BY JOHN HOUANIHAU
CLIMATE finance is an important topic in the overall climate change space, according to the National Program Coordinator and Head of the Project Coordination Management Unit of the Ministry of Environment Climate Change & Disaster Management, Barnabas Bago.
Climate finance refers to local, national, or transnational financing—drawn from public, private and alternative sources of financing—that seeks to support mitigation and adaptation actions that will address climate change.
He said climate financing is distinguished from development financing and to access the finance depends on the Solomon Islands’ readiness and the rationalization of the issue.
“It is important to know the different stakeholders involved at the national, regional, and international levels.
“To access the finance depends on the rationalization of issue. Is it a climate change problem or is it a development problem and readiness of any country,’’ Barnabas Bago reminded the participants of this year’s 2022 Annual Climate Justice Dialogue and Symposium.
Speaking on the topic of unlocking climate financing, accessibility impact programming, accountability, and the challenges, Bako said the biggest climate finances come from multilateral sources while others are from bilateral partners.
“Multilateral sources include Green Climate Fund (GCF), Global Environment Facility (GEF), Least Developed Countries Adaptation Funds (LDCAF), and Special Climate Fund (SCF),’’ Bago said.
He said the trend of climate financing, according to the 2017 climate assessment report shows an increasing trend over the last 7 to 20 years.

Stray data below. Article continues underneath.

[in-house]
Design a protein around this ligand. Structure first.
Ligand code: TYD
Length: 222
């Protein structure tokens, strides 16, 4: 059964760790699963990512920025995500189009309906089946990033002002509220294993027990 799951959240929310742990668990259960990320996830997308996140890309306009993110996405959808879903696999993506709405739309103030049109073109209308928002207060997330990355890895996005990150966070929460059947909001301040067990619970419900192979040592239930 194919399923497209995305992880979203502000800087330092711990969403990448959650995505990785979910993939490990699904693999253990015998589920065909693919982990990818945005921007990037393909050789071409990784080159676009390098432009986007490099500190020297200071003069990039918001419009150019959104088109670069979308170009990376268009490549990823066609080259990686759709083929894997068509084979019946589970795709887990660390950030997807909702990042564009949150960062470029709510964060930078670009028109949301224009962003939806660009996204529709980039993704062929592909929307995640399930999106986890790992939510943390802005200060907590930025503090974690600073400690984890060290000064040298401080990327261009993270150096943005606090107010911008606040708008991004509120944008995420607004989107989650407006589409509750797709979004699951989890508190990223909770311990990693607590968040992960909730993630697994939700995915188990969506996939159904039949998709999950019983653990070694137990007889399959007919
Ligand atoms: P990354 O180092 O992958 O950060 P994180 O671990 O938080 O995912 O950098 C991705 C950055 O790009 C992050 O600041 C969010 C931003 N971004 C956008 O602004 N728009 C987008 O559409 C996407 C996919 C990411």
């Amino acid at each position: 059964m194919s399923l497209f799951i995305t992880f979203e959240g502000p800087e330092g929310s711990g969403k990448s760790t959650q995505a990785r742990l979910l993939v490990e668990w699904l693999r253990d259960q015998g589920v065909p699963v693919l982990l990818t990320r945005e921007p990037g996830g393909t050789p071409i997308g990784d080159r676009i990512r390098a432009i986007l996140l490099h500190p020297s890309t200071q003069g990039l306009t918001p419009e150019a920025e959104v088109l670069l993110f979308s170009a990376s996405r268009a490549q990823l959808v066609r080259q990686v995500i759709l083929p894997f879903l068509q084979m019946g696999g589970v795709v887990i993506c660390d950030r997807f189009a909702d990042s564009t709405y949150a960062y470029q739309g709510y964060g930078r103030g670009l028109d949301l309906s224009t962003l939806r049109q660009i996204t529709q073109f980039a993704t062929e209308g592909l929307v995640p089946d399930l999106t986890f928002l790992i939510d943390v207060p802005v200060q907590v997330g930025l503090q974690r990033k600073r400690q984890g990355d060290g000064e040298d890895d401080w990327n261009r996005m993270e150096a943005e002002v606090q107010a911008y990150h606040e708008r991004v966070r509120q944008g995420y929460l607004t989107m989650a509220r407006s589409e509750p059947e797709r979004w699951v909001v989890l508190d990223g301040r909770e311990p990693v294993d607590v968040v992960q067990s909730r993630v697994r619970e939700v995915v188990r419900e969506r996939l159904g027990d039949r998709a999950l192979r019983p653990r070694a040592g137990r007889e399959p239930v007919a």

“To access the finance, Solomon Islands needs national institutional capacities and arrangement.
“Normally funds come through accredited entities and don’t come through the government,” Bago pointed out.
He said accredited entities are the United Nation Development Program (UNDP), World Bank (WB), the Secretariat of the Pacific Regional Environment Programme (SPREP), and the Pacific Community (SPC), which is at the regional level that accesses the funds on our behalf.
“Currently, we do not have a national entity. So we are working with different stakeholders to see how we can organize which is the first level and the next level is how we access the funding,’’ explained Bago.
“As I have said Institutional arrangement is important so since 2017 we establish a Climate finance Unit within the Ministry of Finance.
“The unit was established and the officers working there are project base.
“The Solomon Islands have the opportunity to get national accredited entities to access this funding.
“Hence, we are working with the Ministry of Finance, National transport funds, and the Development Bank of Solomon Islands on accessing these funding.
He said these are the things funders look at and if we can have a grip of the three main questions then definitely we will unlock our accessibility to climate financing.
“I would recommend that the government work closely with businesses and private sector organizations collaboratively so that we can find a solution that goes in line with the national objectives related to climate change,’’ he said.
On a similar note, Solomon Power Planning Engineer, Palmer Anisi revealed that according to Solomon Power’s point of view, accessing climate change finance is very difficult due to a lack of expertise and information or resources.
“To unlock access to climate financing, we must meet the climate financial institution requirements.
“For example, what is our contribution for the transition from fossil fuel to clean energy transition, or what are the technical features of the project in terms of readiness, what resources we have, or technical people and the project commercial process features like capital structure and revenue modeling and project procurement policy,’’ Anisi explained.